“Yeah!” the Quinquennial Congress audience murmured in reply.
Brother Keith raised his voice and repeated that statement. “Yeah!” the crowd exclaimed. Then the friar shouted: “ ‘Laudato Si’ is the most Franciscan papal encyclical EVER!” “YEAH!” the audience shouted back.
Thus began Brother Keith’s featured presentation on an encyclical riddled with Franciscan gems.
“We are in a Franciscan moment in the church,” he said, noting: “St. Francis is featured prominently in this encyclical, more so than any encyclical ever. He is promoted as an example for Christian living today, in the 21st Century.”
|Br. Keith Warner, OFM|
Brother Keith pointed to another connectedness – “the cry of the poor” and “the cry of the earth.” Care for the poor and care for the earth are together, always. Pope Francis is engaging in a dialogue that one cannot protect the earth without protecting the poor, and vice versa.
A third item he pointed to was how the encyclical uses the Franciscan approach to ethics – that nature has dignity and value, and that “Laudato Si” helps shift the conversation to an ethics of care that sees the world in a loving relationship. It incorporates a sense of global consciousness and the common good.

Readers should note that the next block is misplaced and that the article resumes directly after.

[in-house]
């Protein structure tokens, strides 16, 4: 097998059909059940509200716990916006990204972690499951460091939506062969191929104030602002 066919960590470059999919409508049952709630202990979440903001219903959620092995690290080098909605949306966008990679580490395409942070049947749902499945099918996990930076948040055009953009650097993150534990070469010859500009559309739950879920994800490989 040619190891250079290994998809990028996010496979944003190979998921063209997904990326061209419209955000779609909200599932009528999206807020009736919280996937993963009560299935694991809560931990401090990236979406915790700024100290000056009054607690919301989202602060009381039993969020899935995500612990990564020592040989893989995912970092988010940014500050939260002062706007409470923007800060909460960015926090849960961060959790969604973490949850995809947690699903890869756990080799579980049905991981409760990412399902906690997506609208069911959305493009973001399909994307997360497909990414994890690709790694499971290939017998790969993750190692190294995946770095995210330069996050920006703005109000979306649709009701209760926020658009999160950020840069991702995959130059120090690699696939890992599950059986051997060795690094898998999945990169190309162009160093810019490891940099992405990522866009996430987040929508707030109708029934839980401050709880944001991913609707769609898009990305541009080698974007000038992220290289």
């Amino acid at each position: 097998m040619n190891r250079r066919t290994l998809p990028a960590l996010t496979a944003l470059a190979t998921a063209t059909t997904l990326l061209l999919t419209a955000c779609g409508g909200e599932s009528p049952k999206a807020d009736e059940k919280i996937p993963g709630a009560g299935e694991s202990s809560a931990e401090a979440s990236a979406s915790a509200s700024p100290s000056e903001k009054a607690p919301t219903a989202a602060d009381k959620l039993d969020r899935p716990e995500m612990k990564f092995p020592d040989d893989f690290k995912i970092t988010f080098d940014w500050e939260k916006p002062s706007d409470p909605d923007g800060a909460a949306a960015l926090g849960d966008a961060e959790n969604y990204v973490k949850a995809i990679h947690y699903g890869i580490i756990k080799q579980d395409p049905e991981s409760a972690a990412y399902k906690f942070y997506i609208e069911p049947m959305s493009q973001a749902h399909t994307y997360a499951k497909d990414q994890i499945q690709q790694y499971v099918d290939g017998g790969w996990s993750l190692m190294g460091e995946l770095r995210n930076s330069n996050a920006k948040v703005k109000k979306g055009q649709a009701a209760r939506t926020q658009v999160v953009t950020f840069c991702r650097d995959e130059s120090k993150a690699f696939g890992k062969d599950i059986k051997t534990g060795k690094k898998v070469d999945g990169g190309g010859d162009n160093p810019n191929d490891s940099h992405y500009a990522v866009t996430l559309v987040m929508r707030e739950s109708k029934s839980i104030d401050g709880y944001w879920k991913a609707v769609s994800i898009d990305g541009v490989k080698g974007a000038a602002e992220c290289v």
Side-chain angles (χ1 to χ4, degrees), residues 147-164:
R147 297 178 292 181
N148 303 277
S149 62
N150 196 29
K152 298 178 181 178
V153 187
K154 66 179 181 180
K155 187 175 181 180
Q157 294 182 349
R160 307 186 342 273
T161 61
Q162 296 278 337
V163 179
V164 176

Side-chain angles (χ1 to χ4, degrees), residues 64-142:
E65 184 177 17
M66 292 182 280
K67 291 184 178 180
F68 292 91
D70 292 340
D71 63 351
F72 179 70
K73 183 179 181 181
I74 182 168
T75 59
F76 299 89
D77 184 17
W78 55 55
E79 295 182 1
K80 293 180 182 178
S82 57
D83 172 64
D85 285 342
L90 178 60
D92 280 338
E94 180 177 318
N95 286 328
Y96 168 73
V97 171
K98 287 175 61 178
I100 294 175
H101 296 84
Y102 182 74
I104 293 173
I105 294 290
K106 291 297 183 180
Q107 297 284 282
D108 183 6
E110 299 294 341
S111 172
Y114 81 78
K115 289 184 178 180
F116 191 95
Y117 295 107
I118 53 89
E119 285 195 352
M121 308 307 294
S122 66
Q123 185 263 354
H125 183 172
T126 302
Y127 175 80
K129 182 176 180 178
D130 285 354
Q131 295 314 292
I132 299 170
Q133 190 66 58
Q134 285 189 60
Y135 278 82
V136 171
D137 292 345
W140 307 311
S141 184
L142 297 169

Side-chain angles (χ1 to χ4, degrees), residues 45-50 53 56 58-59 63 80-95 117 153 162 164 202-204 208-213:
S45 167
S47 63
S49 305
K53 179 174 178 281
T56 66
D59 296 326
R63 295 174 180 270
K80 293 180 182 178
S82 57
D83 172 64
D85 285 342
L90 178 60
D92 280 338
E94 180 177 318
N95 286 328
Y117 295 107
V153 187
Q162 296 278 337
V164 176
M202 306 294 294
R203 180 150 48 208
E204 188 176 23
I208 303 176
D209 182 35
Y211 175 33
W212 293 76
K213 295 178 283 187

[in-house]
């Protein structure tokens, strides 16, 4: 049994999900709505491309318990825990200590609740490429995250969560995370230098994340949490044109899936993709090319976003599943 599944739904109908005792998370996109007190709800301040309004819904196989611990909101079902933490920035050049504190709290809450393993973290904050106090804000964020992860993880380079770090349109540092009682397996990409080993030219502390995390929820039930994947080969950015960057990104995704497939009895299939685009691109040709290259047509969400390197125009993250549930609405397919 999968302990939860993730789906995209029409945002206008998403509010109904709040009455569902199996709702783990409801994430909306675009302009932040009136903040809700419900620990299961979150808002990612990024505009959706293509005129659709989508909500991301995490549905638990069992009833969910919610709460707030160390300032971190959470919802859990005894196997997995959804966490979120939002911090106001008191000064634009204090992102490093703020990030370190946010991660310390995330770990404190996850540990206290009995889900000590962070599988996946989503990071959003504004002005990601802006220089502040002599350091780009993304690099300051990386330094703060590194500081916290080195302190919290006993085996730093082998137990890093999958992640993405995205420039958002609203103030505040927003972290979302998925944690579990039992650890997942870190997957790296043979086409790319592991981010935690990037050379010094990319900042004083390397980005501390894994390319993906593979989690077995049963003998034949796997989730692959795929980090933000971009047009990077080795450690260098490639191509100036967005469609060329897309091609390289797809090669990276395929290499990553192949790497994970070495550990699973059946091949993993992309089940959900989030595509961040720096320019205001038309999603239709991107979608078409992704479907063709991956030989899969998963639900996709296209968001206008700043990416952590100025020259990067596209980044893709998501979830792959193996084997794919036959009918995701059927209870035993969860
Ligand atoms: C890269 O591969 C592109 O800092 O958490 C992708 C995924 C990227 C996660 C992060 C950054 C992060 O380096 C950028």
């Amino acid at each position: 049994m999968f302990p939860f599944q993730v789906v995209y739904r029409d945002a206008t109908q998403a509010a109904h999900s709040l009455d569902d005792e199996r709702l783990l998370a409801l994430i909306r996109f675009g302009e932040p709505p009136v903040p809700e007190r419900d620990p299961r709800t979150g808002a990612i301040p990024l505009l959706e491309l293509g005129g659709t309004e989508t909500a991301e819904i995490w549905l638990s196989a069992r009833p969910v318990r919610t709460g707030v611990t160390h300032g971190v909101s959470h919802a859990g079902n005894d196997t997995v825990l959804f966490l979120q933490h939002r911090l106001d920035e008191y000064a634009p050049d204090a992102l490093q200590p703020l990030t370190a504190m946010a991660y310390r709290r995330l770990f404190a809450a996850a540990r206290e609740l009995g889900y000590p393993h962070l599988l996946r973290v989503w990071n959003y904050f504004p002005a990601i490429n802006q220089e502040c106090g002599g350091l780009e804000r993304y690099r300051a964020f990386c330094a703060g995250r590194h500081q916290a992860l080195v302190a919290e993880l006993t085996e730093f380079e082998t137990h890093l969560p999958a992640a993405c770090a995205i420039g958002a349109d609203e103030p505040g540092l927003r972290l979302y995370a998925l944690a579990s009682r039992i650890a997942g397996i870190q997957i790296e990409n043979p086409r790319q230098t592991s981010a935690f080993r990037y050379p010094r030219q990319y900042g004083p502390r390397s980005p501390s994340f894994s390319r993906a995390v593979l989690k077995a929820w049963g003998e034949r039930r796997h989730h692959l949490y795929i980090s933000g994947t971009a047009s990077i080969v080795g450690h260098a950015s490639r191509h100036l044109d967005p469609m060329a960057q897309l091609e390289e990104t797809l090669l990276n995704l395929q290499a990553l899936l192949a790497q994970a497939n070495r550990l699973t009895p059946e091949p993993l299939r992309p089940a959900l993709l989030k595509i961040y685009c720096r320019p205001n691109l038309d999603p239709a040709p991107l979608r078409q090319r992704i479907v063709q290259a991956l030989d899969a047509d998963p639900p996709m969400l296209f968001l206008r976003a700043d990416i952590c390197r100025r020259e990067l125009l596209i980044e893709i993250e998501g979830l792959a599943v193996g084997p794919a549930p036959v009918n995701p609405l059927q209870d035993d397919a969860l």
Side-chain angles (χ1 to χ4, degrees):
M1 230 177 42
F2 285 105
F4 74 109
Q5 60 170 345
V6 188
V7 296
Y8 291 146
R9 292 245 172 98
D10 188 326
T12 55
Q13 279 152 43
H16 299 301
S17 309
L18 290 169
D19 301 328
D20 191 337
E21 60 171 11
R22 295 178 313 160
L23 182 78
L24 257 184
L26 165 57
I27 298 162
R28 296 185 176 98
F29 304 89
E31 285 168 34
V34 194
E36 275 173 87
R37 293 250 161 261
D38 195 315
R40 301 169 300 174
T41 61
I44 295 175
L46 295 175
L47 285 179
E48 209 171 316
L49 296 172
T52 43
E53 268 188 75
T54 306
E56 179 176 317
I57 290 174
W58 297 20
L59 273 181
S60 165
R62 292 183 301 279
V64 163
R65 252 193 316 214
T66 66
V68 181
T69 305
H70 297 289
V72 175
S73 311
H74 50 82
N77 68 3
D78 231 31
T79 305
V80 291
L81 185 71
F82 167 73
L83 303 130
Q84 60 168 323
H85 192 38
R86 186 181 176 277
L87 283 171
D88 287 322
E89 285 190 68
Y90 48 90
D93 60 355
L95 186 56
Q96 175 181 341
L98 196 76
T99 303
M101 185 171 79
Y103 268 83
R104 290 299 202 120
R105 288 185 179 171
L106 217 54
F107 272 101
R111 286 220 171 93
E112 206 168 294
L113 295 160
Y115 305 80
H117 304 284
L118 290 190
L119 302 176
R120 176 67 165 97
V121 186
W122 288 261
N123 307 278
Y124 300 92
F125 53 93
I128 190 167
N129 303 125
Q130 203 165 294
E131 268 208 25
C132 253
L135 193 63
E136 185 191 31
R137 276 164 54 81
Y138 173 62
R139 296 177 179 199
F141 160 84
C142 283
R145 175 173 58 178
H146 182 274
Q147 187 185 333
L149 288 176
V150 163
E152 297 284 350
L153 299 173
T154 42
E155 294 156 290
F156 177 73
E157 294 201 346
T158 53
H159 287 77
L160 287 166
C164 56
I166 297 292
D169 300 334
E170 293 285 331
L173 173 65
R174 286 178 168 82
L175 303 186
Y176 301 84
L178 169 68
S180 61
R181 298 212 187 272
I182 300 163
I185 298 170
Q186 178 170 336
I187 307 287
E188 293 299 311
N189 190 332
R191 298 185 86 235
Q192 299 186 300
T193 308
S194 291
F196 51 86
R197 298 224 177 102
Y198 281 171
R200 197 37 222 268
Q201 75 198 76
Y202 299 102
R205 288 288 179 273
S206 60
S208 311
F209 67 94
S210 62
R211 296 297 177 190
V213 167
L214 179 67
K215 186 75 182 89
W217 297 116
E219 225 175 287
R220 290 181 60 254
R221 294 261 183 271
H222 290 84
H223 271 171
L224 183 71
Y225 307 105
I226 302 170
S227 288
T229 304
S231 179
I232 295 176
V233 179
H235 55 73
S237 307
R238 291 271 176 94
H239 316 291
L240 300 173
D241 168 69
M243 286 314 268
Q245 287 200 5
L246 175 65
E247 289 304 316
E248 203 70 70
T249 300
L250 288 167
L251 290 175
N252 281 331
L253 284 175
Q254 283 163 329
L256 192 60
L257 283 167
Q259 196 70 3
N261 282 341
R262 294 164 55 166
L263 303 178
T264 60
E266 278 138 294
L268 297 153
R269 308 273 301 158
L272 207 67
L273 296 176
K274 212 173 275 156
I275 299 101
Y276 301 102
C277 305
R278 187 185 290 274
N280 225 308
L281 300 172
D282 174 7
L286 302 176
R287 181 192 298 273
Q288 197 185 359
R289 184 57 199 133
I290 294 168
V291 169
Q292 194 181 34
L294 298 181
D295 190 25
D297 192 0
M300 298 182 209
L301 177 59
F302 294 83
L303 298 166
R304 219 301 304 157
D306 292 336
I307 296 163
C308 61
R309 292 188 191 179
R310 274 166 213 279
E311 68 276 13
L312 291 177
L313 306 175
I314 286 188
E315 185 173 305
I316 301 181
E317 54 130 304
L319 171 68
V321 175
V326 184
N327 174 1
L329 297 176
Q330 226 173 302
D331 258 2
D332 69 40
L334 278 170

He encouraged the crowd to look for six Franciscan gems in the encyclical:
1. Direct experience of God in nature is good. “Laudato Si” speaks about ecological spirituality.
2. Humanity’s relationship with the Earth should be characterized by praise of God and appreciation of beauty. “Many of our conventional environmentalist friends don’t approach creation with these attitudes.”
3. The common good is global, in need of collaborative approaches and dialogue.
4. Economic justice and environmental protection need to work hand in hand.
5. Recognizing beauty as a path to God, and love of beauty as a spiritual practice. “Beauty is another name for God in our tradition.”
6. We are called to ecological conversion. He quoted: “An ecological conversion can inspire us to greater creativity and enthusiasm in resolving the world’s problems and in offering ourselves to God ‘as a living sacrifice, holy and acceptable’.”